- Creativity: Teams can get creative in coming up with names and stories related to their completed puzzle.
- Team Bonding: The shared challenge of completing a puzzle supports team bonding and cohesion.
10. "Innovation Scavenger Hunt"
Price: Low (cost of prizes or rewards)
Best for: Innovation, creativity, collaboration
The "Innovation Scavenger Hunt" is a dynamic and creative team-building activity designed to inspire innovative thinking. It encourages participants to seek out novel solutions and ideas while working together.
How to Play:
- Define the Theme: Select a theme or challenge related to your organization's goals or a specific problem you want to address.
- Team Formation: Divide your team into smaller groups.
- Scavenger Hunt List: Create a list of items, concepts, or solutions related to the theme. These items should be things that can be found or developed, either physically or conceptually.
- Hunt Commences: Each team must race to find or create as many items from the list as possible within a set time frame.
- Presentation: At the end of the hunt, teams present their findings and solutions to the larger group, explaining their choices and innovative ideas.
- Winners Announced: Recognize and reward the most creative and innovative teams.
11. "Reverse Brainstorming"
Time: 20–30 minutes
Best for: Problem-solving, creativity, critical thinking
Reverse brainstorming is an unconventional problem-solving technique that encourages participants to think about problems from a different perspective. It's a valuable activity for teams looking to overcome challenges and generate innovative solutions.
How to Play:
- Identify the Problem: Start with a specific problem or challenge that your team wants to address.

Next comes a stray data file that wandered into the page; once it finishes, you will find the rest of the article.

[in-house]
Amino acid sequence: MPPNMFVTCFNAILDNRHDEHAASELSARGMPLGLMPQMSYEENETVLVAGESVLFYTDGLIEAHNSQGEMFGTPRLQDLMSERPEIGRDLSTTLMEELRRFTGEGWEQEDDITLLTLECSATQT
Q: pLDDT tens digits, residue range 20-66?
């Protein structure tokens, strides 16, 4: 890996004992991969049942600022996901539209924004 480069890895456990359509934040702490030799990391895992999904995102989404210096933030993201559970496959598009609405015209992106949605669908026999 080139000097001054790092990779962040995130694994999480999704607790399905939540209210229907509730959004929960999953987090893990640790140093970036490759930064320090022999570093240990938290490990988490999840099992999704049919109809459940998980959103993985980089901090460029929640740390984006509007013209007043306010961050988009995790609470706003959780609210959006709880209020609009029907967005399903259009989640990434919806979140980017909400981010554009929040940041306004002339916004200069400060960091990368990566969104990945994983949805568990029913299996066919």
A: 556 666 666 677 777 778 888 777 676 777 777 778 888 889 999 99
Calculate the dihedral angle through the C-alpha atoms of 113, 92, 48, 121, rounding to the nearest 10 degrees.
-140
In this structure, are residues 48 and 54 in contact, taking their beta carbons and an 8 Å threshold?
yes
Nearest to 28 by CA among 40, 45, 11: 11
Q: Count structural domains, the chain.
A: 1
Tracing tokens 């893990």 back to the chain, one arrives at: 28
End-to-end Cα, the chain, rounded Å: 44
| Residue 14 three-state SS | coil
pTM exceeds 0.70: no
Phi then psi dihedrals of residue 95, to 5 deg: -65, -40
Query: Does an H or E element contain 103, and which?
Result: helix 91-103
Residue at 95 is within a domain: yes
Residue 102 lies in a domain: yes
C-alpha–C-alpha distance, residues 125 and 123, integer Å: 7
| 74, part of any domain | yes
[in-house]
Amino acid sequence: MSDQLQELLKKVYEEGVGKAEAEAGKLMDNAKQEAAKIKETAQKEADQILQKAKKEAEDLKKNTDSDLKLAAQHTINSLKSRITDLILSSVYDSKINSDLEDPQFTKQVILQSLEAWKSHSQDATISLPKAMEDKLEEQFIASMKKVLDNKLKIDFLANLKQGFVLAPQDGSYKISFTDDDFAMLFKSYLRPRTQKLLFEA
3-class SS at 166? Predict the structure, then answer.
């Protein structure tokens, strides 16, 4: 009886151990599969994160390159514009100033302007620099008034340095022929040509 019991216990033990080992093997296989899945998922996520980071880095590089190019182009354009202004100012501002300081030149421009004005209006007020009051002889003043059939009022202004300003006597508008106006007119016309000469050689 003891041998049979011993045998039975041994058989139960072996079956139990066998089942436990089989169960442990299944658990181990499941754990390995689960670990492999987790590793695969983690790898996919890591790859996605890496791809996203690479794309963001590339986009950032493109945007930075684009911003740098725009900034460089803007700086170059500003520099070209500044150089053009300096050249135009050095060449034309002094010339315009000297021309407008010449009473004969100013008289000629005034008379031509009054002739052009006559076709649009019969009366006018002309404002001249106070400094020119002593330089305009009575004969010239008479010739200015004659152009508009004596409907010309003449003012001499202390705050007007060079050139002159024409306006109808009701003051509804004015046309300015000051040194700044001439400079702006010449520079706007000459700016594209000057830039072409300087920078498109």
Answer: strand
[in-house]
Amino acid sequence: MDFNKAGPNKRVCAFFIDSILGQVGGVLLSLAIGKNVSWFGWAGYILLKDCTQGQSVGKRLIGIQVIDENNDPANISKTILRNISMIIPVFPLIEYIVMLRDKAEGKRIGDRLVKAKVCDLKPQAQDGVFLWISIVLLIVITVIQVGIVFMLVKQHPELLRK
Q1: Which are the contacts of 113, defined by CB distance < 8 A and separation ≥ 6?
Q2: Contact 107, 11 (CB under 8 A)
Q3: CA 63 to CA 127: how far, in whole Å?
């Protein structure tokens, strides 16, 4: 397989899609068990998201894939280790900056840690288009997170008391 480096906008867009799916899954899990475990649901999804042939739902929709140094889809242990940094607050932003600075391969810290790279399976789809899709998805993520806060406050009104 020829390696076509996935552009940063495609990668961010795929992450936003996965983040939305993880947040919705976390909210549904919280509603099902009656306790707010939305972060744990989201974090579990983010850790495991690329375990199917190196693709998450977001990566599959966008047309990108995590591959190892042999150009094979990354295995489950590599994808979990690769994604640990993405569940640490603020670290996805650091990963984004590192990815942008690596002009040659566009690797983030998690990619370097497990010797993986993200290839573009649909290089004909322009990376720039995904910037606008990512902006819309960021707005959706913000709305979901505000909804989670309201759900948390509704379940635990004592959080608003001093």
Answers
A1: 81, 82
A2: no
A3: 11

- Reverse Thinking: Instead of brainstorming solutions, reverse the process by brainstorming potential causes or exacerbating factors of the problem. In other words, think about what could make the problem worse.
- Generate Ideas: Encourage participants to think creatively and generate a list of factors that contribute to the problem or hinder its resolution.
- Discussion: Once you have a list of reverse ideas, discuss each one and consider how reversing these factors can lead to innovative solutions.
- Regular Brainstorming: After the reverse brainstorming, switch back to conventional brainstorming to generate solutions based on the insights gained from the reverse perspective.
Effective problem-solving is crucial for any team, whether they are co-located or distributed globally. These challenges can be addressed with appropriate problem-solving activities.
Such team-building activities serve practical purposes and promote team unity, a vital aspect when working remotely. Therefore, when organizing meetings or workshops, consider incorporating these engaging problem-solving activities to enhance productivity and teamwork.
Frequently Asked Questions
Do Problem-solving Games Work?
Yes, problem-solving games are effective for improving problem-solving skills and team collaboration.
How Can Team Improve Problem-solving Skills?
To improve team problem-solving skills, consider training, encouraging collaboration, diversifying the team, setting clear goals, breaking down problems, and emphasizing data-driven decision-making.
What Are the Best Team Building Problem-solving Games?
Some effective team-building problem-solving games include escape room challenges, scavenger hunts, tower building, brain-teasers and puzzles, role-playing games, crossword or word search, and problem-solving challenges.